ATTORNEY General Griffin B. Bell warned in a speech in San Francisco that an "explosion of lawsuits has plunged federal courts into a crisis that is already hurting the quality, of justice people receive."

What he didn't say was that lawsuits were also overwhelming state, county and city courtrooms.

The reason is simple, but it is anyone's guess.

There was a time when a town had one or two lawyers who were very respected citizens, and you only went to see them when you were going to buy property or draw up a will.

But now practically everyone in the country has either a brother-in-law, a son, a daughter, a niece or nephew who is a lawyer.

It stands to reason that they must be kept busy, and if possible, the business should stay in the family.

Let me give you an example. Mrs. Givern has just arrived at her son's for Thanksgiving dinner. She is limping.

"Why are you limping, Mom?"

"I slipped on the ice in front of McGooley's lawyer nephew hears this and takes out his yellow legal pad. "McGooley's Hardware Store. Why that's negligence of the highest order! We'll have to get you to a doctor right away so he can testify you suffered from extreme pain loss of your right leg."

"It's the left leg," Mrs. Givern's says. "And I feel fine. I don't want to go to a doctor. I just want to have my Thanksgiving dinner."

"But you've got to go to the doctor. His testimony will be very important in the lawsuit."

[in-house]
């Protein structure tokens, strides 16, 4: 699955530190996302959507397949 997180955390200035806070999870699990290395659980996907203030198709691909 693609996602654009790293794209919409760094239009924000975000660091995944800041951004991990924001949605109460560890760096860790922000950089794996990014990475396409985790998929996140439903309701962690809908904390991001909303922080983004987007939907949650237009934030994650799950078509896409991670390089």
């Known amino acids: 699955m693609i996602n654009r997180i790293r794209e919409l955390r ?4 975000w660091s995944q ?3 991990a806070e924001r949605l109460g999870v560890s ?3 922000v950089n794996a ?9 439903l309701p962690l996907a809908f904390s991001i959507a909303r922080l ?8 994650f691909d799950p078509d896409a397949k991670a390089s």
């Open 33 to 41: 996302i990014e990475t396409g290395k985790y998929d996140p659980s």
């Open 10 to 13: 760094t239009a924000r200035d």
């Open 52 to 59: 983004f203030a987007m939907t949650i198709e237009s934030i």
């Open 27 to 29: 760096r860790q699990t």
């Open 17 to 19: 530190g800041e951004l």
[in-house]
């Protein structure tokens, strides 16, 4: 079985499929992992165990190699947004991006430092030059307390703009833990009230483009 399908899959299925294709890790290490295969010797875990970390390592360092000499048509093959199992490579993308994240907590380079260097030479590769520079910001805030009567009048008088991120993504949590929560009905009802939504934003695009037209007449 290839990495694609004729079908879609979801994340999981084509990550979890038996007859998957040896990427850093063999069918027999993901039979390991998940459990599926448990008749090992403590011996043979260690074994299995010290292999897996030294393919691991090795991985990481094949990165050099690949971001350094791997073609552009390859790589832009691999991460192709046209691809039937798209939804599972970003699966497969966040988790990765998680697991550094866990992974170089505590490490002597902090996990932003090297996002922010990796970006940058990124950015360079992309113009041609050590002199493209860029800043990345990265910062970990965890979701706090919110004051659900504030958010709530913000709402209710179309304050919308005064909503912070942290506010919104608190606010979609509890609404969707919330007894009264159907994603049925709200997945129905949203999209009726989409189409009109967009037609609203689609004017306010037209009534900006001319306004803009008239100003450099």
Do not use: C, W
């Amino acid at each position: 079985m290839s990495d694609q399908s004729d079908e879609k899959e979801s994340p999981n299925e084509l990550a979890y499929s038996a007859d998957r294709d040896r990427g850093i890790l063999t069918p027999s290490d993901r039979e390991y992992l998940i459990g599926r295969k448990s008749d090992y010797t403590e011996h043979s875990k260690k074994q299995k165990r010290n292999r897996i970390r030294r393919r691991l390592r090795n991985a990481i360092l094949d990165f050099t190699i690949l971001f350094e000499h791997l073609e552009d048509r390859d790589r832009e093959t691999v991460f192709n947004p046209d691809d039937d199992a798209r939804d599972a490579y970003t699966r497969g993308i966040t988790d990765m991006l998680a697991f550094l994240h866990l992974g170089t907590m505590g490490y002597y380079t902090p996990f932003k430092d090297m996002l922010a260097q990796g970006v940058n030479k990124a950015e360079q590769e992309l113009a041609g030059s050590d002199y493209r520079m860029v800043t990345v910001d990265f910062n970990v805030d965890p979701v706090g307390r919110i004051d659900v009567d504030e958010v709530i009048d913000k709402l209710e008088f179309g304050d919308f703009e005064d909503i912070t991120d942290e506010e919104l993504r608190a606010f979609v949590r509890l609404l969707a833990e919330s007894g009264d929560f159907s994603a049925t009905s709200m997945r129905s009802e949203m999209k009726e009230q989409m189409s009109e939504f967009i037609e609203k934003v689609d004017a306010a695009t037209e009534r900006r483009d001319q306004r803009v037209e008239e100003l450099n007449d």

"I don't want to sue Mr. McGooley. He's a nice man."

"We're not going to sue Mr. McGooley. We're not going to sue his insurance company. McGooley has to be insured."

"But won't we get Mr. McGooley into trouble?"

"We'll have to prove McGooley was negligent in not cleaning off the ice."

"On Thanksgiving Day?"

"That's McGooley's problem. Listen, Charley Efrom is McGooley's insurance company's lawyer. I'll call him now."

"I feel fine," Mrs. Givern protests.

The nephew dials the phone. "Charley, I think I've got a good one for us. My aunt just slipped on the ice in front of McGooley's Hardware Store. We won't settle for less than $25,000 . . .

That's what I thought you'd say. Well, we're going to demand a jury trial. It could tie the both of us for months . . . I knew you wouldn't mind being bothered on Thanksgiving Day to hear the good news."

"Is Charley mad at me?" asked Mrs. Givern.

"Mad? He's thrilled. It made his dinner. He says he'll probably countersue if any damage has been done to McGooley's sidewalk."

Finally, everyone sits down to dinner. Mrs. Givern's son carves the turkey with an electric knife. The blade flies off and hits Mrs. Givern's daughter, Harriet, in the head, cutting her ear slightly.

Everyone rushes to Harriet. "Never mind Harriet," the nephew yells. "I want the name of that electric knife company. They'll rue the day they let that carver out of the factory."

These are only examples of what is going on in the country since relatives started becoming lawyers.

If Griffin Bell really wants to ease up on the court's calenders he's going to have to get Congress to pass a law making it a felony for an attorney to solicit business from any member of his own family.